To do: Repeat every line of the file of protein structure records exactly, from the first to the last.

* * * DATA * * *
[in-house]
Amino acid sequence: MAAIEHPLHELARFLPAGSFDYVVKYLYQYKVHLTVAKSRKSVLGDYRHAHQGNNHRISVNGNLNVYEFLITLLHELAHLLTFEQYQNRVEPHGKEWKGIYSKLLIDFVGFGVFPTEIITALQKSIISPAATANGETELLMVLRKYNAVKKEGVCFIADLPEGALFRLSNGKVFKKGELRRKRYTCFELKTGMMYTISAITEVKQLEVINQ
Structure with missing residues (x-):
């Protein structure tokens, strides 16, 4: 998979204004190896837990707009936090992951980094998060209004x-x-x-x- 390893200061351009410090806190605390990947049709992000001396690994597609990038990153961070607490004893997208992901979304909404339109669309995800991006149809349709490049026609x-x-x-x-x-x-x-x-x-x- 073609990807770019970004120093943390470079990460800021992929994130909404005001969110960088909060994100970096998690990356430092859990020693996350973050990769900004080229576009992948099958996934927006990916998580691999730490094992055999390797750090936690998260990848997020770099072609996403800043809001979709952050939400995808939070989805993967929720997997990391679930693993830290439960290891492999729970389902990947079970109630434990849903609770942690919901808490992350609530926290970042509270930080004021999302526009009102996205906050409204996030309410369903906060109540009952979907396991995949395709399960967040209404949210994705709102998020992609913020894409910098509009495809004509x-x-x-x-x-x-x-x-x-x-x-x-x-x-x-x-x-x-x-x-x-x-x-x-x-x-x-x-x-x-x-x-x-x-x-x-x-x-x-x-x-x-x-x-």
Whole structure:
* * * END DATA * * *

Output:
[in-house]
Amino acid sequence: MAAIEHPLHELARFLPAGSFDYVVKYLYQYKVHLTVAKSRKSVLGDYRHAHQGNNHRISVNGNLNVYEFLITLLHELAHLLTFEQYQNRVEPHGKEWKGIYSKLLIDFVGFGVFPTEIITALQKSIISPAATANGETELLMVLRKYNAVKKEGVCFIADLPEGALFRLSNGKVFKKGELRRKRYTCFELKTGMMYTISAITEVKQLEVINQ
Structure with missing residues (x-):
């Protein structure tokens, strides 16, 4: 998979204004190896837990707009936090992951980094998060209004x-x-x-x- 390893200061351009410090806190605390990947049709992000001396690994597609990038990153961070607490004893997208992901979304909404339109669309995800991006149809349709490049026609x-x-x-x-x-x-x-x-x-x- 073609990807770019970004120093943390470079990460800021992929994130909404005001969110960088909060994100970096998690990356430092859990020693996350973050990769900004080229576009992948099958996934927006990916998580691999730490094992055999390797750090936690998260990848997020770099072609996403800043809001979709952050939400995808939070989805993967929720997997990391679930693993830290439960290891492999729970389902990947079970109630434990849903609770942690919901808490992350609530926290970042509270930080004021999302526009009102996205906050409204996030309410369903906060109540009952979907396991995949395709399960967040209404949210994705709102998020992609913020894409910098509009495809004509x-x-x-x-x-x-x-x-x-x-x-x-x-x-x-x-x-x-x-x-x-x-x-x-x-x-x-x-x-x-x-x-x-x-x-x-x-x-x-x-x-x-x-x-």
Whole structure: